Just prior to German reunification in October 1990, the structure was found to be contaminated with asbestos, and was closed to the public on 19 September 1990, by decree of the Volkskammer. By 2003, all the asbestos had been removed along with internal and external fittings allowing either safe reconstruction or safe deconstruction.

Despite the fact that the majority of East Germans opposed the demolition and various protests by people who felt the building was an integral part of Berlin's culture and the historic process of the German reunification, in November 2003, the German parliament decided to demolish the building and leave the area as parkland until funding for the reconstruction of the Berlin City Palace could be found. Demolition started on 6 February 2006, and was scheduled to last about fifteen months at a cost of €12 million. The demolition lasted longer than scheduled because of hazards to neighbouring buildings. Dismantling of the structure was seriously delayed after more asbestos was discovered in various locations, and the estimated completion date was pushed back to the end of 2008.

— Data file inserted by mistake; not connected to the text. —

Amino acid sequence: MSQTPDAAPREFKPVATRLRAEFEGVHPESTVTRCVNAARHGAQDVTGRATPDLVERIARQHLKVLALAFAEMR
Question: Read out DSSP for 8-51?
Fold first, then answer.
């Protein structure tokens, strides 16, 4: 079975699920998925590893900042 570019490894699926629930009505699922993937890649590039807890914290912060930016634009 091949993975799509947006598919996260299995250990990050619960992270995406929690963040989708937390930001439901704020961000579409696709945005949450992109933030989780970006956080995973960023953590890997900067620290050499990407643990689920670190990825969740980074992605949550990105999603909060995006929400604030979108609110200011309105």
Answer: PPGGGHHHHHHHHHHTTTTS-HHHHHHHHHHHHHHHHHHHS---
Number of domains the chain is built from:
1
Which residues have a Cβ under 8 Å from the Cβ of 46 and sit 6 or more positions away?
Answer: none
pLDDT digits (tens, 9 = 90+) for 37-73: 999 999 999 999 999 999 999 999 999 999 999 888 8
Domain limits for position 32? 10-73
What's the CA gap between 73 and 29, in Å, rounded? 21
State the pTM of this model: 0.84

About 35,000 tonnes of steel which once held this building together were shipped to the United Arab Emirates to be used for the construction of the Burj Khalifa.

In January 2006 the Bundestag definitively voted for the rebuilding of the Prussian-era Stadtschloss. Three façades of the palace will be exact replicas of the original, but the interior will be a modern one. The new palace will be called the Humboldtforum, and will house the Humboldt collection and gallery of non-European art.

In November 2008, the Italian architect Francesco Stella was chosen for the project.